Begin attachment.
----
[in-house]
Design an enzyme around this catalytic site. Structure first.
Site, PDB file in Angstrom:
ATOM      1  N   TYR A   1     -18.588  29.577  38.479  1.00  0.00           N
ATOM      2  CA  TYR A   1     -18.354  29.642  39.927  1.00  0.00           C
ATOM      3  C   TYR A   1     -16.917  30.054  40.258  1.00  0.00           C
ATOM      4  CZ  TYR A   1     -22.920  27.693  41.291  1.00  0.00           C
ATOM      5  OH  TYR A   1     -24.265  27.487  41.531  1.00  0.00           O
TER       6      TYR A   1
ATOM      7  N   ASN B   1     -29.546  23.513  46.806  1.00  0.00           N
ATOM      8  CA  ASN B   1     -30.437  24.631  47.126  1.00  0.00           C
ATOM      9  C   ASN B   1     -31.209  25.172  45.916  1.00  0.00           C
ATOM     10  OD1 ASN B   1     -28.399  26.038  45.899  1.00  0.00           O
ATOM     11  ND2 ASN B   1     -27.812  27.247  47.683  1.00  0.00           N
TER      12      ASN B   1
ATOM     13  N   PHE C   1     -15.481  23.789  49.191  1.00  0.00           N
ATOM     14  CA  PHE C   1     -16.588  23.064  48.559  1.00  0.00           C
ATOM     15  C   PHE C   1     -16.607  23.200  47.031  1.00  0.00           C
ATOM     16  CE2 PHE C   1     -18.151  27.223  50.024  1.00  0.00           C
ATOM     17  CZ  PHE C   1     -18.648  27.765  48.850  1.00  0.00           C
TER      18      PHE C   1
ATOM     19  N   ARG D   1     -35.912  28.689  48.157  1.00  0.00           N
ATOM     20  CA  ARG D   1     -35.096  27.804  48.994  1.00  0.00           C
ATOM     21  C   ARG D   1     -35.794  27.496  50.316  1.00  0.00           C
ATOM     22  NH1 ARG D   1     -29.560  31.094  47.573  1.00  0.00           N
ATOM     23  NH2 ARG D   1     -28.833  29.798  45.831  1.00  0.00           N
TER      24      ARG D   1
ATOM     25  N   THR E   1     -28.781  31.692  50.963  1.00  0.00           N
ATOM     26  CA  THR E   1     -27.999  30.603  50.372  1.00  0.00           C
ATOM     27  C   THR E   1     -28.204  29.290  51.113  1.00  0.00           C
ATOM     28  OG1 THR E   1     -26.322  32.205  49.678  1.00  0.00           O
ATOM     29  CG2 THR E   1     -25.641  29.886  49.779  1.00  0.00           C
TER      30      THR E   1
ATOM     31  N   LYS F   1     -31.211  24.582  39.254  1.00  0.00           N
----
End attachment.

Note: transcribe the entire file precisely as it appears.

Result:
[in-house]
Design an enzyme around this catalytic site. Structure first.
Site, PDB file in Angstrom:
ATOM      1  N   TYR A   1     -18.588  29.577  38.479  1.00  0.00           N
ATOM      2  CA  TYR A   1     -18.354  29.642  39.927  1.00  0.00           C
ATOM      3  C   TYR A   1     -16.917  30.054  40.258  1.00  0.00           C
ATOM      4  CZ  TYR A   1     -22.920  27.693  41.291  1.00  0.00           C
ATOM      5  OH  TYR A   1     -24.265  27.487  41.531  1.00  0.00           O
TER       6      TYR A   1
ATOM      7  N   ASN B   1     -29.546  23.513  46.806  1.00  0.00           N
ATOM      8  CA  ASN B   1     -30.437  24.631  47.126  1.00  0.00           C
ATOM      9  C   ASN B   1     -31.209  25.172  45.916  1.00  0.00           C
ATOM     10  OD1 ASN B   1     -28.399  26.038  45.899  1.00  0.00           O
ATOM     11  ND2 ASN B   1     -27.812  27.247  47.683  1.00  0.00           N
TER      12      ASN B   1
ATOM     13  N   PHE C   1     -15.481  23.789  49.191  1.00  0.00           N
ATOM     14  CA  PHE C   1     -16.588  23.064  48.559  1.00  0.00           C
ATOM     15  C   PHE C   1     -16.607  23.200  47.031  1.00  0.00           C
ATOM     16  CE2 PHE C   1     -18.151  27.223  50.024  1.00  0.00           C
ATOM     17  CZ  PHE C   1     -18.648  27.765  48.850  1.00  0.00           C
TER      18      PHE C   1
ATOM     19  N   ARG D   1     -35.912  28.689  48.157  1.00  0.00           N
ATOM     20  CA  ARG D   1     -35.096  27.804  48.994  1.00  0.00           C
ATOM     21  C   ARG D   1     -35.794  27.496  50.316  1.00  0.00           C
ATOM     22  NH1 ARG D   1     -29.560  31.094  47.573  1.00  0.00           N
ATOM     23  NH2 ARG D   1     -28.833  29.798  45.831  1.00  0.00           N
TER      24      ARG D   1
ATOM     25  N   THR E   1     -28.781  31.692  50.963  1.00  0.00           N
ATOM     26  CA  THR E   1     -27.999  30.603  50.372  1.00  0.00           C
ATOM     27  C   THR E   1     -28.204  29.290  51.113  1.00  0.00           C
ATOM     28  OG1 THR E   1     -26.322  32.205  49.678  1.00  0.00           O
ATOM     29  CG2 THR E   1     -25.641  29.886  49.779  1.00  0.00           C
TER      30      THR E   1
ATOM     31  N   LYS F   1     -31.211  24.582  39.254  1.00  0.00           N